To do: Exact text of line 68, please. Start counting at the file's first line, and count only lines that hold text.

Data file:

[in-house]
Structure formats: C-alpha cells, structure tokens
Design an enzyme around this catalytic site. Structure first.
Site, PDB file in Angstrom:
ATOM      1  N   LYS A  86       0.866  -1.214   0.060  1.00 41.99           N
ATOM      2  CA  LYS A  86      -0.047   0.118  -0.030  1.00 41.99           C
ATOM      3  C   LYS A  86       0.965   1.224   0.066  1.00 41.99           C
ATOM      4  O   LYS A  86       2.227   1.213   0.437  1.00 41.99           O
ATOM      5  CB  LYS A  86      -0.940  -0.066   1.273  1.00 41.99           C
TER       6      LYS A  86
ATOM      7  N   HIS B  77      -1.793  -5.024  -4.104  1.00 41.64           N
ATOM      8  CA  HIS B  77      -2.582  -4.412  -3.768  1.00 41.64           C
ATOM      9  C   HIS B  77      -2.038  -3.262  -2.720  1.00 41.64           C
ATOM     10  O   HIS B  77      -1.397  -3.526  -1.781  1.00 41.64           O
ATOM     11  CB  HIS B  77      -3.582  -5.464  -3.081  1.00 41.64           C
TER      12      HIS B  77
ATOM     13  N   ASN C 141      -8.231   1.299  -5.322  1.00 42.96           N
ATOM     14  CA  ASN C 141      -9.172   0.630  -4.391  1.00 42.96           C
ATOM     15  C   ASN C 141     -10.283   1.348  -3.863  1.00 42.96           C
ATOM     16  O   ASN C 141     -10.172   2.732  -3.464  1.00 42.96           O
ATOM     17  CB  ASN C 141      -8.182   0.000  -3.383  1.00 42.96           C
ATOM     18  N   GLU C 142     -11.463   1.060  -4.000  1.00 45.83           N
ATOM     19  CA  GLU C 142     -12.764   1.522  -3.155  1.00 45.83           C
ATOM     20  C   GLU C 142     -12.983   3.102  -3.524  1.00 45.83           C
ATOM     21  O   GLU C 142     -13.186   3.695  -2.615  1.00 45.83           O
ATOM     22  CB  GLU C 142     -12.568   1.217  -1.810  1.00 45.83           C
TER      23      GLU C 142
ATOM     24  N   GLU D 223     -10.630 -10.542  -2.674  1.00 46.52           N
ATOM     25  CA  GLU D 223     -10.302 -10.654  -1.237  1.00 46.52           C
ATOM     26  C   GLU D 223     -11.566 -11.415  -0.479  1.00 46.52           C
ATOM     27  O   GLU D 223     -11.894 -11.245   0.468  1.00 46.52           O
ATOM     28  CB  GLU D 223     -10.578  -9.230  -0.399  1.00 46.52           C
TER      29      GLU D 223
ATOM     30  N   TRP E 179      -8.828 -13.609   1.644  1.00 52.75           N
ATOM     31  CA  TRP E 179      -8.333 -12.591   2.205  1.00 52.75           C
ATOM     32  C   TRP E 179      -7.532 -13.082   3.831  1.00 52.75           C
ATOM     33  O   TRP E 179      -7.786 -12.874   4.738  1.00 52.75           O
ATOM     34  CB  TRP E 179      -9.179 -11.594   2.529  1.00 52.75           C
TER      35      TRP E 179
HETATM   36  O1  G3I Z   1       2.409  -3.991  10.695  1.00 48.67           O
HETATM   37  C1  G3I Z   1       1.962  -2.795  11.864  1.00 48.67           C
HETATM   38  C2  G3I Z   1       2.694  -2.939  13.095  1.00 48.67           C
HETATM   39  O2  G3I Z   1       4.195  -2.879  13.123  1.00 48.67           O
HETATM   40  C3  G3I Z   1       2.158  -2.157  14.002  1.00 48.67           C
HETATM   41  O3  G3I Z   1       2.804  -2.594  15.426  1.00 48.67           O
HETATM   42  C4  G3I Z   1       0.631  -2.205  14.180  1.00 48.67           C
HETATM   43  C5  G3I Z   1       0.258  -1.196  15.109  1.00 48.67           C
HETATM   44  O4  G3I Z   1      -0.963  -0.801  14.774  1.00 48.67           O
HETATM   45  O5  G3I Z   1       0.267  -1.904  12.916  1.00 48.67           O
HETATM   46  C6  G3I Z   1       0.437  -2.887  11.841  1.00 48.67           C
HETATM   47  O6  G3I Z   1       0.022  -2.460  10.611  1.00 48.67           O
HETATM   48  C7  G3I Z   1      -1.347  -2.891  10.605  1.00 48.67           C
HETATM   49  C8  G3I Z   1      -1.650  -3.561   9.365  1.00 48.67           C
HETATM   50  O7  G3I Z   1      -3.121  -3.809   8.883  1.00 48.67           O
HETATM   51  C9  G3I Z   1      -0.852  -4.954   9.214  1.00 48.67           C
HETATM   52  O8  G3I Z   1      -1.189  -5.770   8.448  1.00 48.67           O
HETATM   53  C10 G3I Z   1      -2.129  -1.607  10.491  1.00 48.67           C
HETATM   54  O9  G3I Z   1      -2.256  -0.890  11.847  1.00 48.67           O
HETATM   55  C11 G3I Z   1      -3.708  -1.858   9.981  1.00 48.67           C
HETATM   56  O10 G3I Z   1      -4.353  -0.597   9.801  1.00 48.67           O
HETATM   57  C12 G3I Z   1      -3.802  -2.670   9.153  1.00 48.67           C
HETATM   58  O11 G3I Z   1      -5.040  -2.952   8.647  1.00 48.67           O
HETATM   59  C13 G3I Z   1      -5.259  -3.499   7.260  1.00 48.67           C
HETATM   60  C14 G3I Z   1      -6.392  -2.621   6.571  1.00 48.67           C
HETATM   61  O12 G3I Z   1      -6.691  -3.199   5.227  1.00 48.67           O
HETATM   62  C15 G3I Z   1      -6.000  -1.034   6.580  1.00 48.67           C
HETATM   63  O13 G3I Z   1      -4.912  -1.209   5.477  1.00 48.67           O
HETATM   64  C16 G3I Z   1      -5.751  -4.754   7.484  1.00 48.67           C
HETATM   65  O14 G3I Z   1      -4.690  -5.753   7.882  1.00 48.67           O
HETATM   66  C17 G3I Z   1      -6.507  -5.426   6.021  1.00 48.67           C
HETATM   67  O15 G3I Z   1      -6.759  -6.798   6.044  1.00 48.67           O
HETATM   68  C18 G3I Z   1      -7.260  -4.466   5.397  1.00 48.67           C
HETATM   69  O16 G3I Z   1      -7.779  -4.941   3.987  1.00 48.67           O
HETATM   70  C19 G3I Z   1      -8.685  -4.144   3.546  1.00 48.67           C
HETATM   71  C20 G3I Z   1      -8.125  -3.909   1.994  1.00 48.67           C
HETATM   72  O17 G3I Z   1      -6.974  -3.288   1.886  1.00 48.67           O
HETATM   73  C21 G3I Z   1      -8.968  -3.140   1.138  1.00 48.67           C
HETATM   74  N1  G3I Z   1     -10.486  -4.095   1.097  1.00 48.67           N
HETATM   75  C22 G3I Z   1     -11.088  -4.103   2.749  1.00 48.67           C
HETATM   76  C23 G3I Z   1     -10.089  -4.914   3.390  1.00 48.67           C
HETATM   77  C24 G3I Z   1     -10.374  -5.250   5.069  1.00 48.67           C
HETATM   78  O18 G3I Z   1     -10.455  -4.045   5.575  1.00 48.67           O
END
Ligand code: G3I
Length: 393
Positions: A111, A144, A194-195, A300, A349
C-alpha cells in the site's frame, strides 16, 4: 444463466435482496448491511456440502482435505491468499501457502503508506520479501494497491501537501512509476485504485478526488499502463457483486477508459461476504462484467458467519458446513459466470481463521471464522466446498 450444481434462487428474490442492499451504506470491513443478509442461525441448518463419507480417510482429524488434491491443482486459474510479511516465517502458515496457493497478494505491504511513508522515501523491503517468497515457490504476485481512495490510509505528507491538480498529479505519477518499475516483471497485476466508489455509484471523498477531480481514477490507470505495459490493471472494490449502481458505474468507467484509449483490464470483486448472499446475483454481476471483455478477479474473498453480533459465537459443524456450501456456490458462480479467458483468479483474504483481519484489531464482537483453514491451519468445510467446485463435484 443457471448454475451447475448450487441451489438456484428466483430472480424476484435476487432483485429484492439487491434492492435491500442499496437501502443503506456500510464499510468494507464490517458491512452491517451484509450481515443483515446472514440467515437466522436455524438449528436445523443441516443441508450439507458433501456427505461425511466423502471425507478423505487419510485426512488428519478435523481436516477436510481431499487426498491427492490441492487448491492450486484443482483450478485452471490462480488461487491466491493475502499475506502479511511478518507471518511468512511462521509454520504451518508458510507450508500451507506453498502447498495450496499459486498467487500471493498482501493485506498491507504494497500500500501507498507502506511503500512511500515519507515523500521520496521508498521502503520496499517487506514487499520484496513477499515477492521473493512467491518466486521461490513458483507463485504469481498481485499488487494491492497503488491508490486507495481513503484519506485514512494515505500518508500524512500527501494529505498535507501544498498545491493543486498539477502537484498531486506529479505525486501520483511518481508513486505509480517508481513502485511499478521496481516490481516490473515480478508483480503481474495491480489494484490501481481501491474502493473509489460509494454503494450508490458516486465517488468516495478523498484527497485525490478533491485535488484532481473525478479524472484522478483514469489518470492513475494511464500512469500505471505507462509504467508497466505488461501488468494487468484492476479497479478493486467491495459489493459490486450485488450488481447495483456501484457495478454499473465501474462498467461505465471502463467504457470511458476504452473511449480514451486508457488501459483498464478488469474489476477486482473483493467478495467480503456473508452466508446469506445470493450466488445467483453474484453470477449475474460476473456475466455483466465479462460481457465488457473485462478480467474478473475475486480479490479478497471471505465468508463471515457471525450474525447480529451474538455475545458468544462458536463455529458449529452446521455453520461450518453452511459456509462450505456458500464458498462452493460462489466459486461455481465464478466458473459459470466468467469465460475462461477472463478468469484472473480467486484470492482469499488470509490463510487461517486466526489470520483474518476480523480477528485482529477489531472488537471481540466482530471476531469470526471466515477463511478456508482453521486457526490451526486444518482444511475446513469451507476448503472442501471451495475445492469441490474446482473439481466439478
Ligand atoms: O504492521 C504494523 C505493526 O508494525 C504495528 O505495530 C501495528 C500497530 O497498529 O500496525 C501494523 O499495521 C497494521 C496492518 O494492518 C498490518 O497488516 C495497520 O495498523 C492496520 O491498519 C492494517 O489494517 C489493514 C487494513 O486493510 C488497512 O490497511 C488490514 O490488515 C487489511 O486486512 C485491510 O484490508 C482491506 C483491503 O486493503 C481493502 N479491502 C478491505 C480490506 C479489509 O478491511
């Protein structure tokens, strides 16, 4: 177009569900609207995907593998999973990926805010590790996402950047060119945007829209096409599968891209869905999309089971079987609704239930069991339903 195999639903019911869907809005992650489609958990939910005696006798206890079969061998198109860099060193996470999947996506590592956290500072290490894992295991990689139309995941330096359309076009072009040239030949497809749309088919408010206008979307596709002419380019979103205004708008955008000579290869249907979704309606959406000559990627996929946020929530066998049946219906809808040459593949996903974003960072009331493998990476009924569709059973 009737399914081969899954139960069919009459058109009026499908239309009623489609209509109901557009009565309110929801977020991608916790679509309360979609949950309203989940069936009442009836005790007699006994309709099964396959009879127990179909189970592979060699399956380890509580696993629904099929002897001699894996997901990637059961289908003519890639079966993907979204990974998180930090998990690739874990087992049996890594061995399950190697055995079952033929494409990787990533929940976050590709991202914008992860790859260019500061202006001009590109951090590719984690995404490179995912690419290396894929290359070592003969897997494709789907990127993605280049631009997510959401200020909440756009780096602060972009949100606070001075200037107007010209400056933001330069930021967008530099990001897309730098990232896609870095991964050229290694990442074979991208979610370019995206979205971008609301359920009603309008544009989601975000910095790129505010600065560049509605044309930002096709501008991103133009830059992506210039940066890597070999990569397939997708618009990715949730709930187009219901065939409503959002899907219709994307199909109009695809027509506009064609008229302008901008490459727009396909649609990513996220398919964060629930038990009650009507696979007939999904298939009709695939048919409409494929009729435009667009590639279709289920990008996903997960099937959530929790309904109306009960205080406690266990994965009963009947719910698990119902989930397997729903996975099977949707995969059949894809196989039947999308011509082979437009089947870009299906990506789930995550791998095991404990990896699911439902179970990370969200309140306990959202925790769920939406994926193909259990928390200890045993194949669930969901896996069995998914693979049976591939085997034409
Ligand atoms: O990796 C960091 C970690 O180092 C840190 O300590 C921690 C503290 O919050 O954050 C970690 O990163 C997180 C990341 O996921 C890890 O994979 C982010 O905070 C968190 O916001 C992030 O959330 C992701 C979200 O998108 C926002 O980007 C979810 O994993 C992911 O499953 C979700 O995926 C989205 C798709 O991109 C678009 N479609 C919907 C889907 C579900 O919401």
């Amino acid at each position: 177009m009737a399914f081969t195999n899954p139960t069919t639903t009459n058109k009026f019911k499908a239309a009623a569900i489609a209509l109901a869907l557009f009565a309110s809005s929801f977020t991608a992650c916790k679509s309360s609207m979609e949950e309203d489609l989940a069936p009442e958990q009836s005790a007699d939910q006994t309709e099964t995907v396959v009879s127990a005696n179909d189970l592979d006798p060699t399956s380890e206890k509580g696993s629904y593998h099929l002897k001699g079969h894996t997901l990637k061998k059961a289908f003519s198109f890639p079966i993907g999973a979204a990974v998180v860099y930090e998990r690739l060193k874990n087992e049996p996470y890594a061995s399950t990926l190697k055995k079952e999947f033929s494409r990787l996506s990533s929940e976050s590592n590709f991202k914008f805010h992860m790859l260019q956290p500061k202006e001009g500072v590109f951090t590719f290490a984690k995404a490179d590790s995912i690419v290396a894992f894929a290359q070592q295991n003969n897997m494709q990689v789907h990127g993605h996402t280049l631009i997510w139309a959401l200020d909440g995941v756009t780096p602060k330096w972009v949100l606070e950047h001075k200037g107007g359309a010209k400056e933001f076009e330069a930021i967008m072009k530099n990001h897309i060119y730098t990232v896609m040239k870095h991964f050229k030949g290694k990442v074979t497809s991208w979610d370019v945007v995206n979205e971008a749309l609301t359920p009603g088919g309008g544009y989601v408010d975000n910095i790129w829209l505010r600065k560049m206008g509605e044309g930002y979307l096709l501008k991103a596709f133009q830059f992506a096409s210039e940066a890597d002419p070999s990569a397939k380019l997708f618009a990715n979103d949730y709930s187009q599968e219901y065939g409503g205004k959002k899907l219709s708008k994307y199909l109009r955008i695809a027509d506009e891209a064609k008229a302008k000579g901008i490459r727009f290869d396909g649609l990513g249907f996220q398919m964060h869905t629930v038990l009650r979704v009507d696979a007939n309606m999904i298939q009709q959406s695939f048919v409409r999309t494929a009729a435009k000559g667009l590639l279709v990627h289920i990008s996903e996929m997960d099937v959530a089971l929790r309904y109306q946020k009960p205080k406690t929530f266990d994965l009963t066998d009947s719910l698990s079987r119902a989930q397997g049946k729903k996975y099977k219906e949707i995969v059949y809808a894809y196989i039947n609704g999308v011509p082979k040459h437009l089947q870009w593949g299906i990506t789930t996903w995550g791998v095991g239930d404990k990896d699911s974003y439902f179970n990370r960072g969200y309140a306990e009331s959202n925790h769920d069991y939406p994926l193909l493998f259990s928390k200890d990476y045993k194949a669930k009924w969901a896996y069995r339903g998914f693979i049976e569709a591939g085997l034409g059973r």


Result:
HETATM   64  C16 G3I Z   1      -5.751  -4.754   7.484  1.00 48.67           C